The Man behind the Pony & More - Phil Clark
© Holly Clark , Wolfgang Kohrn - 2005, Last update September 6th, 2010


What the Capri was before the arrival of sb. that had a vision in design. John Fallis worked in the UK on this Saxon called project.
Picture Ford Media Design studies as of 1961

The Mustang I was shown at the IAA in Frankfurt/Germany in 1963 as a teaser and eyecatcher. It was actually driven around Europe as a promotion of Fords new sportscar direction. Asked about its future Ford Germanys Chief designer Hans Muth said it would be too expensive for a serial production. (Source Markt 4/1987 Capri History article) 

Don Creed is taking the credit for having sketched ths design 
Picture Archive Matthias Neumann/Capri club

One of the other "american designs"
Picture Archive Matthias Neumann/Capri club

Another visionary concept car - a rendering produced in the UK
Picture Archive Matthias Neumann/Capri club

One of the  competing car from Ford Cologne - the Ford Special concept car (1964), finally killed in favour of an "american idea"
Picture Archive Matthias Neumann/Capri club

The Taunus GT from Ford Cologne was finally killed.
Pics courtesy Markt 1984/archived by Matthias Neumann

We are soon diving into more details about the accurate timeline and Phils  design. 

Another of Phils Capri clay models showed two different styling ideas for the roofline and rear. Look at the right side and think forward a few years in Ford design history. Have you seen this on other Fords coming after the Mustang? You'll be the judge.




Don Creed takes the credit for this design below, but we are in touch with a few from this group to find out more about Phils influence.

Picture Archive Matthias Neumann/Capri club

The Capri being modelled in clay 
Picture Archive Matthias Neumann/Capri club

Capris arriving in the US after being shipped from Europe.
Coypright Wayne University 2004

Phil Clark's career did not end with his jobs on the Mustang I and his work in the Lincoln-Mercury Studio, there is much more that he influenced in the automotive world of Ford, when he went to England

Those that have followed the case up to now, might be surprised to read more about the further influence of Phil Clark during his stay in Europe. Paging through his notebooks brought up even more interesting facts about this talented Ponymaker, Mustang I designer and Mustang name creator - his possible influence on  the Ford Europe and  Capri Design and even later Mustangs?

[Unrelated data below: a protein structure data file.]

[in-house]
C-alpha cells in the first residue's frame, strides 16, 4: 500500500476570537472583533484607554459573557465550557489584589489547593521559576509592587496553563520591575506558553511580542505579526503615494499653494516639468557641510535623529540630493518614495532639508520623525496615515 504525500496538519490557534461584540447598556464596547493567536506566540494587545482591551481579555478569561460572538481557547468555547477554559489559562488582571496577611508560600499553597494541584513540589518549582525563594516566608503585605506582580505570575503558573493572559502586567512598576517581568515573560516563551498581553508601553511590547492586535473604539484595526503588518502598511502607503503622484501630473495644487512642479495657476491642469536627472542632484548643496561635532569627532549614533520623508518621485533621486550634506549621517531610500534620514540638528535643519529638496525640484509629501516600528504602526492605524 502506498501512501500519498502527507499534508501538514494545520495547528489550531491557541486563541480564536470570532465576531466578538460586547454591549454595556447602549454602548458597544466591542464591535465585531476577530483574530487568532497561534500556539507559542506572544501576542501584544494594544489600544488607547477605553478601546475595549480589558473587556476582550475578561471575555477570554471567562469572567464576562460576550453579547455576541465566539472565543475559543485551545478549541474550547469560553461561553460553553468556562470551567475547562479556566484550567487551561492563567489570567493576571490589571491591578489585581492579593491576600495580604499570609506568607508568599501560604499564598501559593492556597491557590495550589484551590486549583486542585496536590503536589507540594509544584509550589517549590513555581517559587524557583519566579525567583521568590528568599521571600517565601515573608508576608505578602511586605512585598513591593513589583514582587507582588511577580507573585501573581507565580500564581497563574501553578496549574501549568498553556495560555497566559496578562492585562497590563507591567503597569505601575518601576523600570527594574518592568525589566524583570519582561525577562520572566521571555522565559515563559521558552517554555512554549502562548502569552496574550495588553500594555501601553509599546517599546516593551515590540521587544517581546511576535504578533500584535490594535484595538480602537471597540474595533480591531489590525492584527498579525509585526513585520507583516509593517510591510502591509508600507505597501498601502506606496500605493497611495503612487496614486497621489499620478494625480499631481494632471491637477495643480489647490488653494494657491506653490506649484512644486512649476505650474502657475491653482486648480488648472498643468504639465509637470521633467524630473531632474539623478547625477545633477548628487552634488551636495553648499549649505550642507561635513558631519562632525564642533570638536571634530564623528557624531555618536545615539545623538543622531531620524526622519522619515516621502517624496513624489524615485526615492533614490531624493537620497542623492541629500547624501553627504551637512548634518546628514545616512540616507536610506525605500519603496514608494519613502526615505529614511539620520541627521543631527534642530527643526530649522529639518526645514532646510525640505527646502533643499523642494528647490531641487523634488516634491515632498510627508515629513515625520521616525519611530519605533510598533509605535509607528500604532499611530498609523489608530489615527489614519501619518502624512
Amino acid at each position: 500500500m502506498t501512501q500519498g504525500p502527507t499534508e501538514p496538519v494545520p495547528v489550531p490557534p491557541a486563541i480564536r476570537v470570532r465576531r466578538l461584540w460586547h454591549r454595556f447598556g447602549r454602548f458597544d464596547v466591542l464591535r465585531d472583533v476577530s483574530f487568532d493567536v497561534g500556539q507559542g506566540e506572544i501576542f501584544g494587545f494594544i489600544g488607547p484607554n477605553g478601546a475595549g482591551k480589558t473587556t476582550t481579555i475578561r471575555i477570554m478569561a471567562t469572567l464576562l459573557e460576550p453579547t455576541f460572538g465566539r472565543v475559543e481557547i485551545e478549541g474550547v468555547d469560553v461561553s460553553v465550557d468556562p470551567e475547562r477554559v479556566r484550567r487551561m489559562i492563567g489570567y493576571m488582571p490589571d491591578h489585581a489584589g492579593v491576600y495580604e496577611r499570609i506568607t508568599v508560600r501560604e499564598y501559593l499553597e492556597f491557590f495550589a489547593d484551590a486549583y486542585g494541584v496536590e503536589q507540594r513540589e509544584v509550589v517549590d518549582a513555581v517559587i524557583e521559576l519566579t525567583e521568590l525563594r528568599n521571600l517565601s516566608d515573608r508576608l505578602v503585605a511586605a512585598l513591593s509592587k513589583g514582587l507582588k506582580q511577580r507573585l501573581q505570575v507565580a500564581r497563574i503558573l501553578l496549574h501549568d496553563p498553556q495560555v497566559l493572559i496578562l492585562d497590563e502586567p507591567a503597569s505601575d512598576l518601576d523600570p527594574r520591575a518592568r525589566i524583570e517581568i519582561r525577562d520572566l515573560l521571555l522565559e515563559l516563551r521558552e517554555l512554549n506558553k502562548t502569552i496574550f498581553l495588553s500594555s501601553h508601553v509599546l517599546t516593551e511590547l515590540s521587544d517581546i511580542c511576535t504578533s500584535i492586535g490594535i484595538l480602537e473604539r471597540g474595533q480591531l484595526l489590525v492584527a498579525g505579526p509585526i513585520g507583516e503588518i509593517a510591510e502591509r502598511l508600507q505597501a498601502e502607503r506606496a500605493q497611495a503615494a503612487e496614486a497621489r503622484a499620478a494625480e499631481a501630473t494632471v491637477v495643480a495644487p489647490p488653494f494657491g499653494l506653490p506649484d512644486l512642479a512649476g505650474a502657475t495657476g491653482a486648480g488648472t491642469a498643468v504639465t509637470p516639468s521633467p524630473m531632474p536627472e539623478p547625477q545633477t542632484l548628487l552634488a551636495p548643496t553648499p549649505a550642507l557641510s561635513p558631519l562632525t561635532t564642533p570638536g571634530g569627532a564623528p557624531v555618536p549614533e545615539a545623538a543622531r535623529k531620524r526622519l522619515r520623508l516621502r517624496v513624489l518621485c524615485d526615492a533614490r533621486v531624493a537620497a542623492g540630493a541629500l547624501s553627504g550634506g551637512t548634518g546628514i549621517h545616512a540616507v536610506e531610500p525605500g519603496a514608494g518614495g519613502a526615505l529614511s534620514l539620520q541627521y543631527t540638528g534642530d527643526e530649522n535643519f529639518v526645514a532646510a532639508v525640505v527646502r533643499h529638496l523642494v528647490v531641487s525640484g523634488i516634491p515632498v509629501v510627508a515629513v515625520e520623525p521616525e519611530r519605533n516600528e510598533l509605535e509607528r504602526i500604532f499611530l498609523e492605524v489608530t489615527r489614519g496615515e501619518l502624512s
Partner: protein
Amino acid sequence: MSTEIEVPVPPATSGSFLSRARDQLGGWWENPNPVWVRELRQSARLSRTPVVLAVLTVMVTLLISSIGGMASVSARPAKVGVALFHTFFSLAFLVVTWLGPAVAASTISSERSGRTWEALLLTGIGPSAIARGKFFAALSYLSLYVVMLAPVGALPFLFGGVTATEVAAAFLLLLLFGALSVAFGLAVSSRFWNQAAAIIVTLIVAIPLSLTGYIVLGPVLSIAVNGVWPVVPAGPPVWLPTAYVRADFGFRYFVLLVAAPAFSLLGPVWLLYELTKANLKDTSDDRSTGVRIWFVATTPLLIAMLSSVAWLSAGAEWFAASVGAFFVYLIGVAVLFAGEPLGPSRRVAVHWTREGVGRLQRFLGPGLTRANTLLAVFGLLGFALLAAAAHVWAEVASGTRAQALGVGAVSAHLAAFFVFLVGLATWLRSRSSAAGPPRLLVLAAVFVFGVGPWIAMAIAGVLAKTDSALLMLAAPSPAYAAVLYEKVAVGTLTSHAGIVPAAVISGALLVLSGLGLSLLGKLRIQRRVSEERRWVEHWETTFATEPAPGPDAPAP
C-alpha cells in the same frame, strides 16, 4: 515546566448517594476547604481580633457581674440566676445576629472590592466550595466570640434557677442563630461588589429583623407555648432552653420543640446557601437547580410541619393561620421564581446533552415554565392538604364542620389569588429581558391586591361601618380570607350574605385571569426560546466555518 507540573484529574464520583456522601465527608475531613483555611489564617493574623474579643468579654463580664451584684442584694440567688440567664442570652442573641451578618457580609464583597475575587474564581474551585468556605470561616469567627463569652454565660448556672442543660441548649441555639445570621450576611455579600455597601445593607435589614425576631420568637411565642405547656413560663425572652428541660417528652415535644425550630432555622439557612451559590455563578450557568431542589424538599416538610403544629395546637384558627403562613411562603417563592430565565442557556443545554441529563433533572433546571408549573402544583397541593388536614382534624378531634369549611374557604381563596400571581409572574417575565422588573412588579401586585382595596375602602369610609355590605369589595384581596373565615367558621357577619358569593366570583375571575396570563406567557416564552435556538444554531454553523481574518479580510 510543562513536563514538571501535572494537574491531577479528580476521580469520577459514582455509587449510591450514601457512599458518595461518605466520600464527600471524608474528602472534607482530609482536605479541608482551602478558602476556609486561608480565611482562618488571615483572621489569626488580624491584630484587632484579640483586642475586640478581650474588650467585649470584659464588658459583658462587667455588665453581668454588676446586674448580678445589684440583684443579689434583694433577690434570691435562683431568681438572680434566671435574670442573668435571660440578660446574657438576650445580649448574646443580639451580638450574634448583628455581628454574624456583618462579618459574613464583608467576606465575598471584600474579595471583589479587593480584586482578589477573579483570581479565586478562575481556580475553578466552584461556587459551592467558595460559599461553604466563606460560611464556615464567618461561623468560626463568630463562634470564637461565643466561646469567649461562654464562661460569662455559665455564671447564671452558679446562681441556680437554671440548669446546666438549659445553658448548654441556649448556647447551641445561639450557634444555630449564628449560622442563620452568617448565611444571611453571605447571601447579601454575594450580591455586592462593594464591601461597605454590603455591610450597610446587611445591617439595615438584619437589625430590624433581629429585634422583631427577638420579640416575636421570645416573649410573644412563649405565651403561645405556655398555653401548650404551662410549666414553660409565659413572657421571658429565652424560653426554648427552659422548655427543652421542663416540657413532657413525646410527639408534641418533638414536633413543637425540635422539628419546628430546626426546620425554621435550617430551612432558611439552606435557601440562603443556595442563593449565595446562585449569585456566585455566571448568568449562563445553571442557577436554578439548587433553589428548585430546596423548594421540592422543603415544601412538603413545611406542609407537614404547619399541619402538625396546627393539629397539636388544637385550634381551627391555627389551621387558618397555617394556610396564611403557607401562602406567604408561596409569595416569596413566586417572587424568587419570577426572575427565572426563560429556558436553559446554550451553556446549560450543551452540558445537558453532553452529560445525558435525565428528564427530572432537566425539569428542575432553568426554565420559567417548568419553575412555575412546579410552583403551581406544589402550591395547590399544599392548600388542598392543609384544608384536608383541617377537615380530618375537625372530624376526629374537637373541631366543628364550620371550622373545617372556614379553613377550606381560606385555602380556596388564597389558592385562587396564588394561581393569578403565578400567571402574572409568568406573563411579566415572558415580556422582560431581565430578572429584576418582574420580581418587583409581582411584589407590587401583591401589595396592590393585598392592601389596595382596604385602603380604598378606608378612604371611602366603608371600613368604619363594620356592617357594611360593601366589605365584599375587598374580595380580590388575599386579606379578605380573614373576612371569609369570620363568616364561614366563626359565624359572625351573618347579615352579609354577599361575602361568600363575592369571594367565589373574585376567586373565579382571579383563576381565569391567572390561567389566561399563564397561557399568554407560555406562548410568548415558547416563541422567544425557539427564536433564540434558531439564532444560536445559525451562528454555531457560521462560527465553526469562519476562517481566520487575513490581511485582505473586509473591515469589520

As we learned Phil Clark left the Lincoln-Mercury Design Studio at Ford Motor Company in February 1965 to start work at the Ford UK Essex based Design Center for Europe. 
John Fallis came over to the US to offer Phil a job.

Phil worked as Head of Design with 4 stylists and 14 modellers supervising mainly the Anglia and Cortina projects and had obviously a dominant role in the first ever real VAN - the Transit Camper van. 

One of the stylists working under Phil Clark was Fritz Mayhew. Phil Clark was also linked up with Designer Hans A. Muth at Ford Cologne/Germany for close cooperation. 
Fritz Mayhew later went back to the US to become Head of North America Design and directed the development of the Ford Mustang II (Design project started in 1968 based on the european (and LM) Capri design in 1968. The final Mustang II actually was finished by Dick Nesbitt ). 

Designer Hans A. Muth went - after having been at Ford Cologne for a certain time - to Ford in the U.S. When he came back, he brought a Mustang with him. "I had quite some trouble to park it on my Chief Designer parking place near the Studios in Cologne" Hans told us.

Hans A. Muth is not an unknown designer in the Design world today. He has become famous for his later Suzuki Katana GSX-R and in the 90ies for his famous Mazda MX5 (Miata). Diving into this network of 1965-1968 friendships and colleague relations reveals some interesting history bits. The Ford UK Design center was closely knitted to Ford Cologne and intially the transatlantic influence a much desired flavour to be added. 

Some of the Ford Cologne designers worked in the UK center as well for a time period - there are several congratulations mentioned in Phils notes - being done on Phils job.